8. I am so glad things are working out with public school!  We had a gifted program in the public school i was in growing up but looking back I think it was very political. I ended up in the program one year when I was in 5th grade-ish and it was actually very uncomfortable because all the doctor’s and lawyer’s kids had been in it together since 1st grade and I, with my less-than-stellar social skills, was definitely an outsider.  It sounds like this program is goes the full week, which sounds a lot better than the 1 day/week thing I was in.  Hmm. It’s all a very vague memory.  Maybe the 3 minutes between classes is part of their exercise program?

  9. Ha! I had to laugh about the uproar about Obama speaking to students, because I remember the EXACT. SAME. THING. when Bush #1 spoke to school kids (something about science….).  I thought it was stupid then, (man, were those Democrats bitching!) just as I thought it was stupid now (man, were those Republicans bitching!).  What did they think the president’s going to say? And doesn’t each president usually speak to school kids?  Meh. I’m just tired of folks bitching about whomever’s in office.  Your guy lost. The end. Deal with it for the next 3 years and however many months.As for which schooling’s best–I know that if I’d been homeschooled, I’d have turned out worse!  I wasn’t much for socializing (still don’t like it much), but if the only teacher was my mother?  I’d have died and gone to heaven, but I know that I’d be lacking for social skills.  Just depends on the child’s personality.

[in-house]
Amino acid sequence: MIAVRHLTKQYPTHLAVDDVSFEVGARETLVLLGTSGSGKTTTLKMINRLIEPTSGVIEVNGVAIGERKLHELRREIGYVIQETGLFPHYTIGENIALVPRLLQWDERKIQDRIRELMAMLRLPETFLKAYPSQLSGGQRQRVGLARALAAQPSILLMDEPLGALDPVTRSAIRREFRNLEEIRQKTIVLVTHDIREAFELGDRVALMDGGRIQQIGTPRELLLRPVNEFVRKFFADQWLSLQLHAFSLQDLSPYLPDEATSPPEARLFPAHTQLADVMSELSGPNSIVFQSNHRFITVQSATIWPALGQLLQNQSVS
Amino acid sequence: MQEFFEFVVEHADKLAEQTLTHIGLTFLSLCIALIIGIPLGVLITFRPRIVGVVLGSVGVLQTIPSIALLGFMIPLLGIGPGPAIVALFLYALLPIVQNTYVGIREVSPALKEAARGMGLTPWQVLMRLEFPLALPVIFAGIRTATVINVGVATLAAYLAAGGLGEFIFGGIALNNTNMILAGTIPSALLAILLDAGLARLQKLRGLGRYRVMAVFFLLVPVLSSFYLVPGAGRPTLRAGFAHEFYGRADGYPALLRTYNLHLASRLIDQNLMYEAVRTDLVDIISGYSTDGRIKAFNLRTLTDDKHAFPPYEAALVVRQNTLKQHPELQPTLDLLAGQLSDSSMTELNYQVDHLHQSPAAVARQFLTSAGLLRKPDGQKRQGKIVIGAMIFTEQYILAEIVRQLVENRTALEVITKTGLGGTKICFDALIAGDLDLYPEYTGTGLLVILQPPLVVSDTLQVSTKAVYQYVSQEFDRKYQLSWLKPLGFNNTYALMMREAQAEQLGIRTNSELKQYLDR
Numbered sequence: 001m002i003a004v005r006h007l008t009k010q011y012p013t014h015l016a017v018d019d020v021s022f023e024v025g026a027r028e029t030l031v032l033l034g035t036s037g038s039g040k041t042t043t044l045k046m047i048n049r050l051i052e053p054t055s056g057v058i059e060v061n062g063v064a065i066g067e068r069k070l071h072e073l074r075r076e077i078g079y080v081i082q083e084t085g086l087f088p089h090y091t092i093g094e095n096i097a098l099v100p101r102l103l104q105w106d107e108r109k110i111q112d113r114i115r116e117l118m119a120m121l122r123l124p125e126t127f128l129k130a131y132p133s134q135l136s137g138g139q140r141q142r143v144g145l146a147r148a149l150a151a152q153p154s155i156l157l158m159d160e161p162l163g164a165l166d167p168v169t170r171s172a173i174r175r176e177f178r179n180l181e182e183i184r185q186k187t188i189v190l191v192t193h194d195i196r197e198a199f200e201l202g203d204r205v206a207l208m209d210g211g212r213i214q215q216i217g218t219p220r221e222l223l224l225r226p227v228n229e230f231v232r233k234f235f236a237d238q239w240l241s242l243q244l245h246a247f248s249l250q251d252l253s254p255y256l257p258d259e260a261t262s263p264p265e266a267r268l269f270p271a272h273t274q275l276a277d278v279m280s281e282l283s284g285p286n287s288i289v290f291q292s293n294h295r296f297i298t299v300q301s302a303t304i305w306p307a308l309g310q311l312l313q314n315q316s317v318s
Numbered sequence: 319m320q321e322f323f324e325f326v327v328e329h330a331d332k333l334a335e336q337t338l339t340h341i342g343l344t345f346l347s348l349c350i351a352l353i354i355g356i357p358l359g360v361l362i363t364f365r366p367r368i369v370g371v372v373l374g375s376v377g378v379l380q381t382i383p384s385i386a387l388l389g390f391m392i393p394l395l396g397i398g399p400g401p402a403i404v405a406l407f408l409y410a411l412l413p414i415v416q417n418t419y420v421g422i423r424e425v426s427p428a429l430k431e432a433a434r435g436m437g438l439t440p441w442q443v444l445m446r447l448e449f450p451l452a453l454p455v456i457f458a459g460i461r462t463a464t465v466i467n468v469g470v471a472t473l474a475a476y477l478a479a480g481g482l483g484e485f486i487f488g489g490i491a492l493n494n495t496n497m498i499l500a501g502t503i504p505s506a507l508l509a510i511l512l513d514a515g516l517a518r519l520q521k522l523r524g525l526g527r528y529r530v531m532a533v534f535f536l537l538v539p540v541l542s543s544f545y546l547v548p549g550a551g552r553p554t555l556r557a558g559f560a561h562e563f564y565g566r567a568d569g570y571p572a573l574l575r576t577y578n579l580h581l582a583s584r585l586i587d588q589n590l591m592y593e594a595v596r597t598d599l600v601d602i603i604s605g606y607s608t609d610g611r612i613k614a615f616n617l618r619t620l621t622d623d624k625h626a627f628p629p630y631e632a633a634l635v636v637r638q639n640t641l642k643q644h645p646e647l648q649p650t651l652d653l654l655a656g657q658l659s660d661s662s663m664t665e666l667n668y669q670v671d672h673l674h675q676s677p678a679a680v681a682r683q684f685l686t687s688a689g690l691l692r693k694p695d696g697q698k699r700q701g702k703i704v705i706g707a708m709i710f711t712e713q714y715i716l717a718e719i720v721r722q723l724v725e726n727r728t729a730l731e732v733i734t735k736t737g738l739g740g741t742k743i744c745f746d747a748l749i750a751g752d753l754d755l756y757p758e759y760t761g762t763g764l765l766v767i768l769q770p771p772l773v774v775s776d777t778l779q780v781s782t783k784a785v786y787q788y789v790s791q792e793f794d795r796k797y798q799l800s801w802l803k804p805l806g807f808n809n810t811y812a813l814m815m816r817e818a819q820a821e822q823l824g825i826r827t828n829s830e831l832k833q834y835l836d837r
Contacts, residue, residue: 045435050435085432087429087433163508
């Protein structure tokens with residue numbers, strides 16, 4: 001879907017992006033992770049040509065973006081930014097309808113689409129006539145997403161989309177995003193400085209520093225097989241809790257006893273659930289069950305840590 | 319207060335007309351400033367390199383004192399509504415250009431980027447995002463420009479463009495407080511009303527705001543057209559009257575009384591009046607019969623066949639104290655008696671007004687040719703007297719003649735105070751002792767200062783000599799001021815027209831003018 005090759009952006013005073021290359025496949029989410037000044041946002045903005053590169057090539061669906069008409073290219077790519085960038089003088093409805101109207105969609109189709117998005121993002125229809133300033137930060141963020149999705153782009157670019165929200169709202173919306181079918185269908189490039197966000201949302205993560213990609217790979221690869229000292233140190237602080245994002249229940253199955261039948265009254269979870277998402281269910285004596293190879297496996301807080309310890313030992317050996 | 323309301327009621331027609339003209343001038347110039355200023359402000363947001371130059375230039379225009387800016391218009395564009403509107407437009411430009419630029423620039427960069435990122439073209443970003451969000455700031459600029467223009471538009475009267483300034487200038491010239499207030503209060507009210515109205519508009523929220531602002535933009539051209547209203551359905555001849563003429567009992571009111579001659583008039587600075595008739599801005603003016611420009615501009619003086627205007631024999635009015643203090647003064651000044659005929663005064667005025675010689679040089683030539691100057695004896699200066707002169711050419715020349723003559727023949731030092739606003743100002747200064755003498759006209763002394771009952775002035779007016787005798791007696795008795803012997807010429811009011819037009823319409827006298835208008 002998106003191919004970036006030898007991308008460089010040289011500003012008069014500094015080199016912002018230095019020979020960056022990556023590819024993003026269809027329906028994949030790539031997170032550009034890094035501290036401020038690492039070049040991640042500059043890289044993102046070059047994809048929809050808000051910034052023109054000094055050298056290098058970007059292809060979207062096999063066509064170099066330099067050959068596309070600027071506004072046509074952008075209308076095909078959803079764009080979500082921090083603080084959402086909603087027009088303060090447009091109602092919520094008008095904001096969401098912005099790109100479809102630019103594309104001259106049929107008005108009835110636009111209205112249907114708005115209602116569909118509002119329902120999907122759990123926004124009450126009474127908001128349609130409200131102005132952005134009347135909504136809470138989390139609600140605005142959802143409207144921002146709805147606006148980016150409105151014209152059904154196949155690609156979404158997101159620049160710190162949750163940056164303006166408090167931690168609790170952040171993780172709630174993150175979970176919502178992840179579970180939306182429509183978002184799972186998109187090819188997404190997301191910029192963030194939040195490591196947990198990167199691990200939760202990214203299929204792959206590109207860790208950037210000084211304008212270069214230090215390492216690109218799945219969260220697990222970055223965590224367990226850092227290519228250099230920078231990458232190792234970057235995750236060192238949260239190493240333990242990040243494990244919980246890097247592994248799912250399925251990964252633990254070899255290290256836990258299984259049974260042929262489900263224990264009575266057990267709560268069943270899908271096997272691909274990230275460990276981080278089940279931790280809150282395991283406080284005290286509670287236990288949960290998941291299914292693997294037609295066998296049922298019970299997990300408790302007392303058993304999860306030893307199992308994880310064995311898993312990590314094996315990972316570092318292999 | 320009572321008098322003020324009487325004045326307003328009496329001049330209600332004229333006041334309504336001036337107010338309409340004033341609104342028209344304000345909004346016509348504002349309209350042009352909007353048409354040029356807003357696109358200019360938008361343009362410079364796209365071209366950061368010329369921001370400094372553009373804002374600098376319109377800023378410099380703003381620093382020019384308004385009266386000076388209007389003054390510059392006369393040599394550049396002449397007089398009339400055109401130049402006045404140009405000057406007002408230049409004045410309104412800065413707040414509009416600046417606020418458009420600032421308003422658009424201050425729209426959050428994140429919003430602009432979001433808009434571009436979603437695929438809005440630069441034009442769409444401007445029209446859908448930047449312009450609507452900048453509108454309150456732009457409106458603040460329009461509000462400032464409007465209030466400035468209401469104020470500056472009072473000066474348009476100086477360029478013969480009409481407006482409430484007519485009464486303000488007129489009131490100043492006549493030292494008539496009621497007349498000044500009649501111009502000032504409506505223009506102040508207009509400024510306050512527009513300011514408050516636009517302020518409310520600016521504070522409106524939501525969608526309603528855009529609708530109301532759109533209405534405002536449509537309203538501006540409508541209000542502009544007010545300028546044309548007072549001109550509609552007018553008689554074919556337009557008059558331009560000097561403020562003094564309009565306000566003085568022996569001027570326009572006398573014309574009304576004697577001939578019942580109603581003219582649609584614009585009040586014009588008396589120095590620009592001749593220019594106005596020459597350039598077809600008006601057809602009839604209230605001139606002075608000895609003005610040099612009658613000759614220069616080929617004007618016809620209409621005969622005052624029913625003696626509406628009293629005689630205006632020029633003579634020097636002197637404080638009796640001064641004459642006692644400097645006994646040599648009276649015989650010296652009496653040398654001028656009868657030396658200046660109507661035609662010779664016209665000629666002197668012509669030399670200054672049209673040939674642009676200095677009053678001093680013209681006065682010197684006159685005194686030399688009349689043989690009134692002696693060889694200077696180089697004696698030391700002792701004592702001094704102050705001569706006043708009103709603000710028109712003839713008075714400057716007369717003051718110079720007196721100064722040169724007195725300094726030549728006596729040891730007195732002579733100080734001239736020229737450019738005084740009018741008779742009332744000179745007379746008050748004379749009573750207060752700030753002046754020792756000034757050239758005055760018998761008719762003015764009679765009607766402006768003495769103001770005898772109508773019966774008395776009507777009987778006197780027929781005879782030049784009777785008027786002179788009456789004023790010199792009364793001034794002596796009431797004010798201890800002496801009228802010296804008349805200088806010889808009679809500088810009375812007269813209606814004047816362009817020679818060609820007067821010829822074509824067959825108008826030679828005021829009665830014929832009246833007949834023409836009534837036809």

10. Some in these parts think the public schools are BETTER than the private ones.  Who knows.  Often you hear about the more nurturing environment of a private school, though.  Smaller classes, more one-on-one conversations, fewer social demands, more sensitivity…thus my husband’s belief that we should toss them in the public school pool and make sure they can swim.